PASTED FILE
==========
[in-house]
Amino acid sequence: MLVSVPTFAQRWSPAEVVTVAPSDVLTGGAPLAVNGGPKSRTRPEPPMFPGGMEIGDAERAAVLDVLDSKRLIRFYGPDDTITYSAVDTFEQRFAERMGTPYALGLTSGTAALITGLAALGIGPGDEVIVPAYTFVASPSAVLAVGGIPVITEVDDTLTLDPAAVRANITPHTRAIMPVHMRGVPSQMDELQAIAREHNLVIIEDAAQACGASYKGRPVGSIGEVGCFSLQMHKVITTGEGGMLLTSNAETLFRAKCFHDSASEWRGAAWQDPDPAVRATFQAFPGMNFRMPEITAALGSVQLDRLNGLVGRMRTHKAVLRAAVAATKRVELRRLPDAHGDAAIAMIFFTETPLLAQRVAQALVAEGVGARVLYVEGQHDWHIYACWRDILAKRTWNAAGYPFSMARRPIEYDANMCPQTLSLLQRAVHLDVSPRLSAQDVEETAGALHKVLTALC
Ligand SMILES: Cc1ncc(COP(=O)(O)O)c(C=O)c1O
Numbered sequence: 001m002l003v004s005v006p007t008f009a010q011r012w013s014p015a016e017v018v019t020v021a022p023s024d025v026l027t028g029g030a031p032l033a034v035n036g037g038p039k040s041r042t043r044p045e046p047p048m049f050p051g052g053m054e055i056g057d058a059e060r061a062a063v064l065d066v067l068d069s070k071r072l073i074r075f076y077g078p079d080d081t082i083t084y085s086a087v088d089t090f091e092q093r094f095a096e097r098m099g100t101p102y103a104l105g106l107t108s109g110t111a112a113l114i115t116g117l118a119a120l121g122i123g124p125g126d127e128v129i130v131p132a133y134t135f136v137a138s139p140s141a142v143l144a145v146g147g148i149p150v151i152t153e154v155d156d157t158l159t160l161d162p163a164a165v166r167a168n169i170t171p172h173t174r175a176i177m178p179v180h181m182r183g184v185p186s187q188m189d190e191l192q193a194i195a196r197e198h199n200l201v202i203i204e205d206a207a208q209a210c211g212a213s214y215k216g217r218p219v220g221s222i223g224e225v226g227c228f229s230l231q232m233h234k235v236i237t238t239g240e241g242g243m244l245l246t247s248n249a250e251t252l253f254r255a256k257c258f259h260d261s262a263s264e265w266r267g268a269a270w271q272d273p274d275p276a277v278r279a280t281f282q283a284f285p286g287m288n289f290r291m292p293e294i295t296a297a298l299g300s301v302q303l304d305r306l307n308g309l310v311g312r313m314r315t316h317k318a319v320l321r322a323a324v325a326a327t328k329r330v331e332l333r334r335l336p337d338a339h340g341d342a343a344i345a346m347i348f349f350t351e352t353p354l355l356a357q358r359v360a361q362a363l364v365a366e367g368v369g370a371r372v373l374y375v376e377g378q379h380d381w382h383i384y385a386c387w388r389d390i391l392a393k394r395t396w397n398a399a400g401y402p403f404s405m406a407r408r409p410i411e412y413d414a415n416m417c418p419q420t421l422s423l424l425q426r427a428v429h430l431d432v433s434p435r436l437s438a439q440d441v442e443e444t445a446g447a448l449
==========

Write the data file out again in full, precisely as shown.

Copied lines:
[in-house]
Amino acid sequence: MLVSVPTFAQRWSPAEVVTVAPSDVLTGGAPLAVNGGPKSRTRPEPPMFPGGMEIGDAERAAVLDVLDSKRLIRFYGPDDTITYSAVDTFEQRFAERMGTPYALGLTSGTAALITGLAALGIGPGDEVIVPAYTFVASPSAVLAVGGIPVITEVDDTLTLDPAAVRANITPHTRAIMPVHMRGVPSQMDELQAIAREHNLVIIEDAAQACGASYKGRPVGSIGEVGCFSLQMHKVITTGEGGMLLTSNAETLFRAKCFHDSASEWRGAAWQDPDPAVRATFQAFPGMNFRMPEITAALGSVQLDRLNGLVGRMRTHKAVLRAAVAATKRVELRRLPDAHGDAAIAMIFFTETPLLAQRVAQALVAEGVGARVLYVEGQHDWHIYACWRDILAKRTWNAAGYPFSMARRPIEYDANMCPQTLSLLQRAVHLDVSPRLSAQDVEETAGALHKVLTALC
Ligand SMILES: Cc1ncc(COP(=O)(O)O)c(C=O)c1O
Numbered sequence: 001m002l003v004s005v006p007t008f009a010q011r012w013s014p015a016e017v018v019t020v021a022p023s024d025v026l027t028g029g030a031p032l033a034v035n036g037g038p039k040s041r042t043r044p045e046p047p048m049f050p051g052g053m054e055i056g057d058a059e060r061a062a063v064l065d066v067l068d069s070k071r072l073i074r075f076y077g078p079d080d081t082i083t084y085s086a087v088d089t090f091e092q093r094f095a096e097r098m099g100t101p102y103a104l105g106l107t108s109g110t111a112a113l114i115t116g117l118a119a120l121g122i123g124p125g126d127e128v129i130v131p132a133y134t135f136v137a138s139p140s141a142v143l144a145v146g147g148i149p150v151i152t153e154v155d156d157t158l159t160l161d162p163a164a165v166r167a168n169i170t171p172h173t174r175a176i177m178p179v180h181m182r183g184v185p186s187q188m189d190e191l192q193a194i195a196r197e198h199n200l201v202i203i204e205d206a207a208q209a210c211g212a213s214y215k216g217r218p219v220g221s222i223g224e225v226g227c228f229s230l231q232m233h234k235v236i237t238t239g240e241g242g243m244l245l246t247s248n249a250e251t252l253f254r255a256k257c258f259h260d261s262a263s264e265w266r267g268a269a270w271q272d273p274d275p276a277v278r279a280t281f282q283a284f285p286g287m288n289f290r291m292p293e294i295t296a297a298l299g300s301v302q303l304d305r306l307n308g309l310v311g312r313m314r315t316h317k318a319v320l321r322a323a324v325a326a327t328k329r330v331e332l333r334r335l336p337d338a339h340g341d342a343a344i345a346m347i348f349f350t351e352t353p354l355l356a357q358r359v360a361q362a363l364v365a366e367g368v369g370a371r372v373l374y375v376e377g378q379h380d381w382h383i384y385a386c387w388r389d390i391l392a393k394r395t396w397n398a399a400g401y402p403f404s405m406a407r408r409p410i411e412y413d414a415n416m417c418p419q420t421l422s423l424l425q426r427a428v429h430l431d432v433s434p435r436l437s438a439q440d441v442e443e444t445a446g447a448l449